When Mazhar Khan arrived in the Emirates in 1975, cricket was a casual pastime for a few expatriates.
But over the past 35 years, and with his help, the UAE has established itself as a cricket hotbed. International cricket became synonymous with Sharjah, and the game achieved an even higher profile as the grounds at Abu Dhabi's Zayed Cricket Stadium and Dubai Sports City became part of the landscape.
Mazhar, 59, was recently conferred a Lifetime Service Award for his "exceptional performance and services" by the International Cricket Council (ICC).
"It's a great feeling when you get recognition for your work," said Mazhar, who was born in Hyderabad, India. "I am, indeed, indebted to the Asian Cricket Council for the honour bestowed on me. The award is a tribute to all those involved in developing cricket in the UAE."
Mazhar has filled many roles for UAE cricket. He captained the Air India Sports Club in Dubai in the early 1990s, and played a strong administrative role in developing and promoting cricket.
His passion, energy and commitment to the game are legendary.
"Mazhar kept a low profile himself, but his work and contribution to the sport is there for everyone to see," Inam ul Haq, the general secretary of Abu Dhabi Cricket Council, said.
Mazhar also served as director of the ICC's executive board and as director of Asian Cricket's executive board.
"As a wicketkeeper batsman I did play a lot of competitive cricket in my youth, but never ever imagined making it to the top grade as a player, let alone as an administrator," Mazhar said.
"I was just out of college and with all my friends gone, was thinking what I will do next. I had some family members in Sharjah at that time and I also heard some cricket was played there."
Mazhar found employment in a subsidiary of the Bukhatir Group. That brought him close to Abdulrahman Bukhatir, the former Emirates Cricket Board (ECB)chairman who was instrumental in making Sharjah an international venue.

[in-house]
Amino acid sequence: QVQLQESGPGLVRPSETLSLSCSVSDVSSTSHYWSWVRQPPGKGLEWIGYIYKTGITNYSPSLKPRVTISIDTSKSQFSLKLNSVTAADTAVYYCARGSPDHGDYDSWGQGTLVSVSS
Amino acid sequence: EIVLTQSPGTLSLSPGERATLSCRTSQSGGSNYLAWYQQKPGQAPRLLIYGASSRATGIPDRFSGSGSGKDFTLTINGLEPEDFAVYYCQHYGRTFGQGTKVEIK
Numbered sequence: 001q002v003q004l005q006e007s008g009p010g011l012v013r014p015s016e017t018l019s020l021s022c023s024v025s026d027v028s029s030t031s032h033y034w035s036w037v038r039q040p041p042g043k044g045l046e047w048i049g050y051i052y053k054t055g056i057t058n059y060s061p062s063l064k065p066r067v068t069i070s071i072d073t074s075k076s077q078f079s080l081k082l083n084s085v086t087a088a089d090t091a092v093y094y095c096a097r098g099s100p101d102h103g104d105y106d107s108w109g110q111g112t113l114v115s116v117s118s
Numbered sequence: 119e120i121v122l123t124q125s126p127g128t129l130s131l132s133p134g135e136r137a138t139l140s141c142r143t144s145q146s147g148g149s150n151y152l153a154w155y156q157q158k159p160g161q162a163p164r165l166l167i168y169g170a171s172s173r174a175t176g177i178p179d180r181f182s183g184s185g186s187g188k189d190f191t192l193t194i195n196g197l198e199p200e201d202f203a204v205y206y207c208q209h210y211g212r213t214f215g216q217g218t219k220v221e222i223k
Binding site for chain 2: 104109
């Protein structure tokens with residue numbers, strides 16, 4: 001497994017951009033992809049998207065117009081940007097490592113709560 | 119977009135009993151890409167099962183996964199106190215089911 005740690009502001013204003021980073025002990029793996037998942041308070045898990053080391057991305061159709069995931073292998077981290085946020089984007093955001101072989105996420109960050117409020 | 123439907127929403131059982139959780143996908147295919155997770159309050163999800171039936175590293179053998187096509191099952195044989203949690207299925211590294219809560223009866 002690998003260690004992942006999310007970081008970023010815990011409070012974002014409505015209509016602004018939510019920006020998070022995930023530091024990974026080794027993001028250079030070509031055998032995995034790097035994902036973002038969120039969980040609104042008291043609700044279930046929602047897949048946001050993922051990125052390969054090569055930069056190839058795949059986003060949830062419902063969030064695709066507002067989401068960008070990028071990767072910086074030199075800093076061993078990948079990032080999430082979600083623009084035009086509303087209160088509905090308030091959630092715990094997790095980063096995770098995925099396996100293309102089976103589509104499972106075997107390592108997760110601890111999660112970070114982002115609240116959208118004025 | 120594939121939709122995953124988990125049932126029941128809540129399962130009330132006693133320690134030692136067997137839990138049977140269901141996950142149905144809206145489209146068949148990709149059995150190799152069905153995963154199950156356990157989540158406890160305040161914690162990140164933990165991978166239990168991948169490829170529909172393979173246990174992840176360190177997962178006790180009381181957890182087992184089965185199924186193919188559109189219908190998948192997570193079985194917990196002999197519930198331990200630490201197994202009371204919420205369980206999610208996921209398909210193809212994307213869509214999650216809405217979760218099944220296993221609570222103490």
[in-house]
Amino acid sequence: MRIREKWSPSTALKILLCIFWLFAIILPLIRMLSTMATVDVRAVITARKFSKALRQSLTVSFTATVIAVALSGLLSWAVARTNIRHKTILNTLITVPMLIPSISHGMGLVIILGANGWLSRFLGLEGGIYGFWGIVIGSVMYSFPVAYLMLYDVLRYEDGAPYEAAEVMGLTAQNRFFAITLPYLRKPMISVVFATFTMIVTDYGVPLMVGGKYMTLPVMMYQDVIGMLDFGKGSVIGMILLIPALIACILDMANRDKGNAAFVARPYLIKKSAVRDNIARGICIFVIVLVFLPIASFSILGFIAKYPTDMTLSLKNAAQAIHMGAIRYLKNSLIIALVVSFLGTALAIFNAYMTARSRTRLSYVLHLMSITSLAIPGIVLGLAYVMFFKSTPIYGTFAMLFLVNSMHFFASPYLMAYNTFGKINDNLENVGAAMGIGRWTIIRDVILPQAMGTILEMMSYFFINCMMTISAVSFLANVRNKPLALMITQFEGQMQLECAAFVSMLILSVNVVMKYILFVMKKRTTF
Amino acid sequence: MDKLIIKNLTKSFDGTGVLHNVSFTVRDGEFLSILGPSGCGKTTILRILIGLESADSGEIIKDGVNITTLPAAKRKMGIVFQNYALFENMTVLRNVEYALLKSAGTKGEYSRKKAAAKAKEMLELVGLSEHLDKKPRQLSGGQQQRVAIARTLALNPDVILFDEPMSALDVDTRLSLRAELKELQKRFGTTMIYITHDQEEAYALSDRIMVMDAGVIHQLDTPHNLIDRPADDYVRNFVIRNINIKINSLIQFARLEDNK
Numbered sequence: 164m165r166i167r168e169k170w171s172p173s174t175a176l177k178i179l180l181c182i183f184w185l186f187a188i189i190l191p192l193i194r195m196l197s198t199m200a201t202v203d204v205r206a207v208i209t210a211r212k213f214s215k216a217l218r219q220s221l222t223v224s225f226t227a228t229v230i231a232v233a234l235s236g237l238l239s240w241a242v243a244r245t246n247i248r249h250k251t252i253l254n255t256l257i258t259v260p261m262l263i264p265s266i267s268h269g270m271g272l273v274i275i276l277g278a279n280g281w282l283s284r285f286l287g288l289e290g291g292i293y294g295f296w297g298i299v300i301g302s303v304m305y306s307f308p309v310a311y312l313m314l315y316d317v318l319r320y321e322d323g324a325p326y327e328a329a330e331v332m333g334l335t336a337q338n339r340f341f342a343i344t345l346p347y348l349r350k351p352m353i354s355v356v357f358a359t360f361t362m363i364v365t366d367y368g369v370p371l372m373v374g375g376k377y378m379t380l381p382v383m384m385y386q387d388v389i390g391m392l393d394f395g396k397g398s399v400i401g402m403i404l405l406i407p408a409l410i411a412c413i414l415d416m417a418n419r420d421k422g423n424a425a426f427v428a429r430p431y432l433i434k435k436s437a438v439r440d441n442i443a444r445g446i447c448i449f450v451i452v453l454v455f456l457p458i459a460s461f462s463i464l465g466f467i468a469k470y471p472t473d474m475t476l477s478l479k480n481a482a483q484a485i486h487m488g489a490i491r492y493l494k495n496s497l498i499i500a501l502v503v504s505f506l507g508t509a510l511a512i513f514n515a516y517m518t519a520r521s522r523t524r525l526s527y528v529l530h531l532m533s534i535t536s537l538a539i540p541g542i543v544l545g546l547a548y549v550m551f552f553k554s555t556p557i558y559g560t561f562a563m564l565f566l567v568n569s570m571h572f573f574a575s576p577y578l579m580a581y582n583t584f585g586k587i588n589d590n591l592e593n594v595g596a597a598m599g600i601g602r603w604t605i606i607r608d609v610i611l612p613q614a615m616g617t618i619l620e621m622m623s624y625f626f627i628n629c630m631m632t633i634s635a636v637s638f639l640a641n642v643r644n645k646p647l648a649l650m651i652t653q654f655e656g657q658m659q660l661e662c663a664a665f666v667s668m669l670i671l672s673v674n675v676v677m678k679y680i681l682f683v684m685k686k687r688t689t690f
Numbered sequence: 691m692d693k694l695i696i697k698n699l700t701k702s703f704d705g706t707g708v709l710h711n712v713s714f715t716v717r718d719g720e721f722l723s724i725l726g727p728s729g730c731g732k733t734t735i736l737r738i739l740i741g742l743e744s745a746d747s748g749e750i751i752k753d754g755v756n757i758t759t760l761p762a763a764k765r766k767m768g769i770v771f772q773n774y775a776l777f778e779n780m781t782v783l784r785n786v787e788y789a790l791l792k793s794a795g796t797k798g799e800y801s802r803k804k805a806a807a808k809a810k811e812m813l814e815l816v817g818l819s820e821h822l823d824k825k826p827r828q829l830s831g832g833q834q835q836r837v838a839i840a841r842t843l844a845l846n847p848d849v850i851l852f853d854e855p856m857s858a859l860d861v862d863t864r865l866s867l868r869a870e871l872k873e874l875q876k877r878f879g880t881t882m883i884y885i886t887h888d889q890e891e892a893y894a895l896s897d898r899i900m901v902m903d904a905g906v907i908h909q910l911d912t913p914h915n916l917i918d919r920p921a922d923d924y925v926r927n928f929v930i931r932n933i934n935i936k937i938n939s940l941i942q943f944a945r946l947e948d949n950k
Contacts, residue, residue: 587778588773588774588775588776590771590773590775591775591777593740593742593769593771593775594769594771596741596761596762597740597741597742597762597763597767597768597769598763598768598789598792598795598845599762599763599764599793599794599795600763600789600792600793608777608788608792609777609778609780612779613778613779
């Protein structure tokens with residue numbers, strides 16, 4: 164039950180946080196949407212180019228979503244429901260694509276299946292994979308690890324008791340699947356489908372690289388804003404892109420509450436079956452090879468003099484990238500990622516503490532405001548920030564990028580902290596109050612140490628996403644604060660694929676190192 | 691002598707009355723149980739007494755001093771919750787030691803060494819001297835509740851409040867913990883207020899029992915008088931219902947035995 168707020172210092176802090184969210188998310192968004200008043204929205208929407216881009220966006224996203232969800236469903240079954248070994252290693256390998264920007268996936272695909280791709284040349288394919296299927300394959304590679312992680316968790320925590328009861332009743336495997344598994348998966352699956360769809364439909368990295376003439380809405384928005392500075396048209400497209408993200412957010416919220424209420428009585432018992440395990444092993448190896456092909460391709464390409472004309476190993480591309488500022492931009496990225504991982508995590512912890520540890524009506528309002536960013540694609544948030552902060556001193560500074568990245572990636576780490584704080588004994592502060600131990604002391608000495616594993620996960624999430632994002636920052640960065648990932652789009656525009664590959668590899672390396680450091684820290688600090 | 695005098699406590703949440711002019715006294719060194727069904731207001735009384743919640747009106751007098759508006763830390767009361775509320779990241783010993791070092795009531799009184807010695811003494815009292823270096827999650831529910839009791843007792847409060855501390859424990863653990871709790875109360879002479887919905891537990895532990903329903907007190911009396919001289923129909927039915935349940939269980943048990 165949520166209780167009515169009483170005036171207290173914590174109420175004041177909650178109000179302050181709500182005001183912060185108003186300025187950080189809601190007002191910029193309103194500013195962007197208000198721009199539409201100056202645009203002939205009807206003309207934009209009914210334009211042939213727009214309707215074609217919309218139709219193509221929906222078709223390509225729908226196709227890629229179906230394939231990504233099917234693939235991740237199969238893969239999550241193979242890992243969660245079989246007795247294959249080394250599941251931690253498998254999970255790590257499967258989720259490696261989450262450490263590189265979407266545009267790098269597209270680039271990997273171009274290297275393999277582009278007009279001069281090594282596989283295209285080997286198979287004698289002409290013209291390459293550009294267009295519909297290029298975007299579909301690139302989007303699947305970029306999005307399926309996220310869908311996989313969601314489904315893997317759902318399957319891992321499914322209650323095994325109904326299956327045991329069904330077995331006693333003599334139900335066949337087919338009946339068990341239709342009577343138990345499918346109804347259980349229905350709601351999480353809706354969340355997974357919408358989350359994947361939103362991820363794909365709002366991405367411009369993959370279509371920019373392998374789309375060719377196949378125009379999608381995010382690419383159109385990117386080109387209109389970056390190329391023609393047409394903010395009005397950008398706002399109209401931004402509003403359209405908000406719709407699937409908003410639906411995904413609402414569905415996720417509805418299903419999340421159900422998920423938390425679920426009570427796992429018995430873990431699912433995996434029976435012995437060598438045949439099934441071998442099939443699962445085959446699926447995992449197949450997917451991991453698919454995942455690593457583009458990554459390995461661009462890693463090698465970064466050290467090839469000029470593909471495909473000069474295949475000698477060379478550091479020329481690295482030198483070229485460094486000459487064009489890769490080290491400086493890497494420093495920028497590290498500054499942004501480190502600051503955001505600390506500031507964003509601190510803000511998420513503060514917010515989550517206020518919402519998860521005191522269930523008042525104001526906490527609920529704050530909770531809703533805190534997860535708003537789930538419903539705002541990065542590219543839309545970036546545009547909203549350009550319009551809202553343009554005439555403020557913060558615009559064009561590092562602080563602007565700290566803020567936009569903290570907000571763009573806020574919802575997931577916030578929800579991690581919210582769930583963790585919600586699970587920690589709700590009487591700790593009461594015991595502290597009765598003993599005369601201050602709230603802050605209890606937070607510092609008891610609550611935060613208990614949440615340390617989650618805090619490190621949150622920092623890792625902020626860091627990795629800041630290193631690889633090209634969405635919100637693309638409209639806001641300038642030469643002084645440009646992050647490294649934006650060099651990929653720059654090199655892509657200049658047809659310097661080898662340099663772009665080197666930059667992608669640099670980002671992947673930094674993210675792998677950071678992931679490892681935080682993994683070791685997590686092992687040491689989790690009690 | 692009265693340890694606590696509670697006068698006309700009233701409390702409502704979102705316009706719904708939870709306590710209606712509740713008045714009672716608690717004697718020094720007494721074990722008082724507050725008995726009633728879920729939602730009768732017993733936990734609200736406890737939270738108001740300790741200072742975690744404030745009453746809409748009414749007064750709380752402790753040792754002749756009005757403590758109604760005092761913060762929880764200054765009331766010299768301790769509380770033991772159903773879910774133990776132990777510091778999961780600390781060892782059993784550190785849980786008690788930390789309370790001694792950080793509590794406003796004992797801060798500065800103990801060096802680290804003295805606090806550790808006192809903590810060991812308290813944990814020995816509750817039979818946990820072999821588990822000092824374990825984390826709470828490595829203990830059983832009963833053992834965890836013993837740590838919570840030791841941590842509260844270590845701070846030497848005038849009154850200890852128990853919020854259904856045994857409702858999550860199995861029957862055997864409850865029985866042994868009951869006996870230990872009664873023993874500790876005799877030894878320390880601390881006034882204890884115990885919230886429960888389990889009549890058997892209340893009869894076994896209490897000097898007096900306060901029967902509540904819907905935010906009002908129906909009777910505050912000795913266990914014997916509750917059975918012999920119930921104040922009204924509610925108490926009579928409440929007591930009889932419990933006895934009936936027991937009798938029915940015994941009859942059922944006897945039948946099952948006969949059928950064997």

Mazhar played in the Bukhatir League, the premier inter-Emirate tournament, from its second year in 1975.
"We are about to celebrate the 37th staging of this tournament," said Mazhar, who has been at the helm of the ECB since June 1996.
"I was entrusted with some administrative matters in cricket and that's how I started.
"Sharjah has been the pioneer in starting organised cricket in the UAE.
"The game was played with a lot of passion and there were very good players, most of them flown in by companies especially to play cricket."
He added: "They were far better cricketers at that time than the present ones and there were lots of people to watch the weekend games, sometimes crowds of around 4,000.
"But there are more teams and more cricket is played all over the country now than before. More than 1,600 matches are played every season at all levels, and there are more grass grounds and turf wickets."
Mazhar said not enough has been done, however, to take the game to the Emirati schools. "Initiatives are been made after the recent success the all-Emirati team had in the Gulf Cup last week," he said. "We have started a camp exclusively for them at the Sharjah stadium and those already involved in the national team have taken the initiative to spread the game in the schools.
"We are working on some initiatives and hopefully will start implementing them in the coming weeks or months."
As might be expected for someone who has been involved in cricket for so long, Mazhar has friends throughout the community.
"I first knew him when I started playing in the Bukhatir League in 1988," said Qazi Ayub, the head coach of the MCC-Zayed Cricket Academy in Abu Dhabi. "To this date he remains the same cheery and non-controversial person I first knew some 23 years ago."